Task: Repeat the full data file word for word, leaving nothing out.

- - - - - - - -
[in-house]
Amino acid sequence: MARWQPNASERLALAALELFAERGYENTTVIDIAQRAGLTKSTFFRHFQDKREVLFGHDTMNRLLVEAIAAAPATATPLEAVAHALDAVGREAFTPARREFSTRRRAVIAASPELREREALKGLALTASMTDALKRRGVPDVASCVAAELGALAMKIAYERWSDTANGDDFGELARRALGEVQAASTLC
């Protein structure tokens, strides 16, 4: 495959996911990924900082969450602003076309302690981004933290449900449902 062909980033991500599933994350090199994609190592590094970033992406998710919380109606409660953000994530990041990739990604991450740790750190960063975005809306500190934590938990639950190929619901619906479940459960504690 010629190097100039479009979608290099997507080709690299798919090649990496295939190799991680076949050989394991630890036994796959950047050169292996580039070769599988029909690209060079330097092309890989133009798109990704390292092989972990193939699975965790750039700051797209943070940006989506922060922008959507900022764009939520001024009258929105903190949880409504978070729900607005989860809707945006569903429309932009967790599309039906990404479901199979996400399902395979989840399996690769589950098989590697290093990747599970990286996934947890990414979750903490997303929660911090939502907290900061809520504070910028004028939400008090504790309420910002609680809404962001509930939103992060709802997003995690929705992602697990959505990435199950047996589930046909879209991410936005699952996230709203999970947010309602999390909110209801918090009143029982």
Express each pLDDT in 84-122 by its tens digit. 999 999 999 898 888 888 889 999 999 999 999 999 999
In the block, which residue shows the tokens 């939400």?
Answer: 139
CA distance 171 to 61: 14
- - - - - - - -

[in-house]
Amino acid sequence: MARWQPNASERLALAALELFAERGYENTTVIDIAQRAGLTKSTFFRHFQDKREVLFGHDTMNRLLVEAIAAAPATATPLEAVAHALDAVGREAFTPARREFSTRRRAVIAASPELREREALKGLALTASMTDALKRRGVPDVASCVAAELGALAMKIAYERWSDTANGDDFGELARRALGEVQAASTLC
């Protein structure tokens, strides 16, 4: 495959996911990924900082969450602003076309302690981004933290449900449902 062909980033991500599933994350090199994609190592590094970033992406998710919380109606409660953000994530990041990739990604991450740790750190960063975005809306500190934590938990639950190929619901619906479940459960504690 010629190097100039479009979608290099997507080709690299798919090649990496295939190799991680076949050989394991630890036994796959950047050169292996580039070769599988029909690209060079330097092309890989133009798109990704390292092989972990193939699975965790750039700051797209943070940006989506922060922008959507900022764009939520001024009258929105903190949880409504978070729900607005989860809707945006569903429309932009967790599309039906990404479901199979996400399902395979989840399996690769589950098989590697290093990747599970990286996934947890990414979750903490997303929660911090939502907290900061809520504070910028004028939400008090504790309420910002609680809404962001509930939103992060709802997003995690929705992602697990959505990435199950047996589930046909879209991410936005699952996230709203999970947010309602999390909110209801918090009143029982």
Express each pLDDT in 84-122 by its tens digit. 999 999 999 898 888 888 889 999 999 999 999 999 999
In the block, which residue shows the tokens 């939400």?
Answer: 139
CA distance 171 to 61: 14